The fifth cranial nerve is routinely tested in the unconscious ICU patient as the sensory component of the corneal reflex.In the conscious patient, one may also test sensation in the major territories (forehead, cheek, chin) as well as the power of the temporalis and masseter. In the unconscious or uncooperative hot case patient, the presence of a bite block or Guedel airway jammed into the oral cavity alongside the endotracheal tube alerts the keen-eyed candidate of the possibility that the muscles of mastication are very much innervated, and capable of forecful chewing actions.
Lesions of the trigeminal nerve
- Absent corneal reflex
- Absent sensation in the sensory distribution
- Weakness/wasting of the muscles of mastication (masseter and temporalis)
- The motor supply is carried by the mandibular branch.
- The mandible will deviate towards the paralysed side when the mouth opens.
- Chronic unilateral lesions will present with unilateral temporalis atrophy.
Causes of a unilateral lesion of the trigeminal nerve
A higher central lesion (eg. cerebral or thalamic) will have to be contralateral to the clinical findings.
- A hemispheric infarct of the MCA territory may produce sensory loss in the trigeminal distribution on the same side as the hemiparesis.
- With hemispheric lesions, masseter strength is usually preserved. The supranuclear control of trigeminal nerve motor functions is bilateral, so a hemispheric infarct is never going to produce a unilateral lesion (although voluntary control of the masseter will be lost).
Brainstem lesions would be ipsilateral.
- Pontine stroke (lateral rostral pons or above) - with ipsilateral body sensory loss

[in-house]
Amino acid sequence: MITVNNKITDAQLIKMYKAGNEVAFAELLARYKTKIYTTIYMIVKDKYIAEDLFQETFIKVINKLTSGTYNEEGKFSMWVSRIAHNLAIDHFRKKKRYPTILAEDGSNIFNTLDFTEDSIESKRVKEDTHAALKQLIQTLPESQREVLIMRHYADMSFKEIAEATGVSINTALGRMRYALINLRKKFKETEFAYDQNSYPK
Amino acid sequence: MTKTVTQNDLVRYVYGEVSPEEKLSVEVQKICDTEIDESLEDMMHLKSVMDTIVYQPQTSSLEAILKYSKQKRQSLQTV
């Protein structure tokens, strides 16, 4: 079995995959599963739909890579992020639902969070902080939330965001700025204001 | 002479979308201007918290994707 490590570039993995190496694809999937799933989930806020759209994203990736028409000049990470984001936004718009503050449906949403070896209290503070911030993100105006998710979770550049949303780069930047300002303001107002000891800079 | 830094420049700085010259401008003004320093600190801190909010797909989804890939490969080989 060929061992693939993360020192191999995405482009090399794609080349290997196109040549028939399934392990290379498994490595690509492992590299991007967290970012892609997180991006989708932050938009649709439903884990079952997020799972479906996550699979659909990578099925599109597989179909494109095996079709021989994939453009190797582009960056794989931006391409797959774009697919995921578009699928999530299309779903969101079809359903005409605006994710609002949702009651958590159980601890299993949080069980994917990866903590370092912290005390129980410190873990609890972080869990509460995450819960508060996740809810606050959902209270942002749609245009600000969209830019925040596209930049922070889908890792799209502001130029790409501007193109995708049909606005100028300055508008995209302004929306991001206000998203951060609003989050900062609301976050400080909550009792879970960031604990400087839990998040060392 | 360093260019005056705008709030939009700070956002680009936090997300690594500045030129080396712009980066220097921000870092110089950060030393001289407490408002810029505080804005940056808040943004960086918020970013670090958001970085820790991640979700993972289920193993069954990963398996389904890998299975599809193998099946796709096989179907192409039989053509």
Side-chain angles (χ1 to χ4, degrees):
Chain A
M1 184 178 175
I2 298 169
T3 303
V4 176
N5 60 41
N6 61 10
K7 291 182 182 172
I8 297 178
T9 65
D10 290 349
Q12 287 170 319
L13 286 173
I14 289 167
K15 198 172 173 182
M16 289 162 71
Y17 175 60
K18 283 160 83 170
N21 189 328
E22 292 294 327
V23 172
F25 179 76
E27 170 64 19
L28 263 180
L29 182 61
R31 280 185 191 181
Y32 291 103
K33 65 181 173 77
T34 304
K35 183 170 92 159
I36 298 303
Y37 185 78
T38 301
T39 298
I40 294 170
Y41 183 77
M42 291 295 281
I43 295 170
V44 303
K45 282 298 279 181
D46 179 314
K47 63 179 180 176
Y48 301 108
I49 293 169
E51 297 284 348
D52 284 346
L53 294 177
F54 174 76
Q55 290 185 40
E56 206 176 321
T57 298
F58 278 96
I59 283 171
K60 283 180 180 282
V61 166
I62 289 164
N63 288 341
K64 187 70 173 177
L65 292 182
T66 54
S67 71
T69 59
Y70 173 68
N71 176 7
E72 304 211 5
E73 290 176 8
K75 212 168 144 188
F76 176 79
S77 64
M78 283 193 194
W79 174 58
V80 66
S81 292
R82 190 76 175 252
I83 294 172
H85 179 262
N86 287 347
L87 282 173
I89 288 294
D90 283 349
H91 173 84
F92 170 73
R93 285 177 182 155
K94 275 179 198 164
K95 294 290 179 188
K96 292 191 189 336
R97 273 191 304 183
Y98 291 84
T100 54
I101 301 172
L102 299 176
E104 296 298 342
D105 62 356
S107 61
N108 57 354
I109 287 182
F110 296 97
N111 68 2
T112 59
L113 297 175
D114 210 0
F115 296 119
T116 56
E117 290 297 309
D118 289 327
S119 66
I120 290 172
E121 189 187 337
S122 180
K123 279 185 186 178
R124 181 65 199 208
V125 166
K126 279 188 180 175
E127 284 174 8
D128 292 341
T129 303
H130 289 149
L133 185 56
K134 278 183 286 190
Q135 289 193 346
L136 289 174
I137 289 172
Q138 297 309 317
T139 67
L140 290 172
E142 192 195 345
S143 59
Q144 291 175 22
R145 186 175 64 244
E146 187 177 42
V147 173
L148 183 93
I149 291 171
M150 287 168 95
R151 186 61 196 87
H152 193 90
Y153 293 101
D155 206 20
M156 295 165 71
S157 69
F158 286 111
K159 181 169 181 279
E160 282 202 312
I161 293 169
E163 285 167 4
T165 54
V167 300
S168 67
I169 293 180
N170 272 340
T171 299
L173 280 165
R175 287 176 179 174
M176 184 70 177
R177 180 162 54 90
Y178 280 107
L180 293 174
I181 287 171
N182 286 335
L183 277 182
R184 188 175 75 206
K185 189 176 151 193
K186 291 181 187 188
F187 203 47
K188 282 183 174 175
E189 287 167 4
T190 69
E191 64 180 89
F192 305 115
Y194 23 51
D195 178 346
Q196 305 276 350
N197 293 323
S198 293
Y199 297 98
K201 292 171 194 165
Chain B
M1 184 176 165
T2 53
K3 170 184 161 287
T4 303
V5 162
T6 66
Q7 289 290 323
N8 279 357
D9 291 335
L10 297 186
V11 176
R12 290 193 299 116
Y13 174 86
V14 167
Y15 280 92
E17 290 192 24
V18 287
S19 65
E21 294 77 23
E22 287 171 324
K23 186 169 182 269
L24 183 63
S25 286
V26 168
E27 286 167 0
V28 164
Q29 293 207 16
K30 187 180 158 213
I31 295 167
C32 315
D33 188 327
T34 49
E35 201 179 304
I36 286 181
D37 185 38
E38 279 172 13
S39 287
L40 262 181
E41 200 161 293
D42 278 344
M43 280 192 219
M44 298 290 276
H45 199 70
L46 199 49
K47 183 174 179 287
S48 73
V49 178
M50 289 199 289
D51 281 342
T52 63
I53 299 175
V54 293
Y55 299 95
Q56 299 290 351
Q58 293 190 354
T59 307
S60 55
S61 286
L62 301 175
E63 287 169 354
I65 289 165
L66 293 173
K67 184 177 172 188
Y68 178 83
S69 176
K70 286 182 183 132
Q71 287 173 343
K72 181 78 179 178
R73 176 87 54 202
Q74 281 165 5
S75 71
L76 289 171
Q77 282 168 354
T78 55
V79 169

- Medullary stroke (lateral medulla) - with contralateral body sensory loss
- Mid-pontine stroke (ipsilateral pons) - if only the face is affected
- Isolated masticatory motor failure suggests that the lesion is actually limited to a small area of the mid-pons.
- Raised intracranial pressure (a "false localising sign")
- Pontine tumours
A peripheral lesion may be specifically affecting a single branch.
- A sensory lesion confined to a branch distribution suggests the lesion cannot be nuclear - i.e. it must be somewhere beyond the trigeminal ganglion:
- Craniofacial trauma
- Base of skull fracture
- Maxillary sinusitis
- Aneurysm of the internal carotid artery
- Cavernous sinus thrombosis
Causes of an isolated bilateral lesion of the trigeminal nerve
Bilateral lesions are freakishly rare in isolation
- Diabetic neuropathy
- Large pontine tumours
- Cavernous sinus thrombosis (extensive)
Obviously, bilateral absence of the corneal reflex is to be expected in the context of braindeath.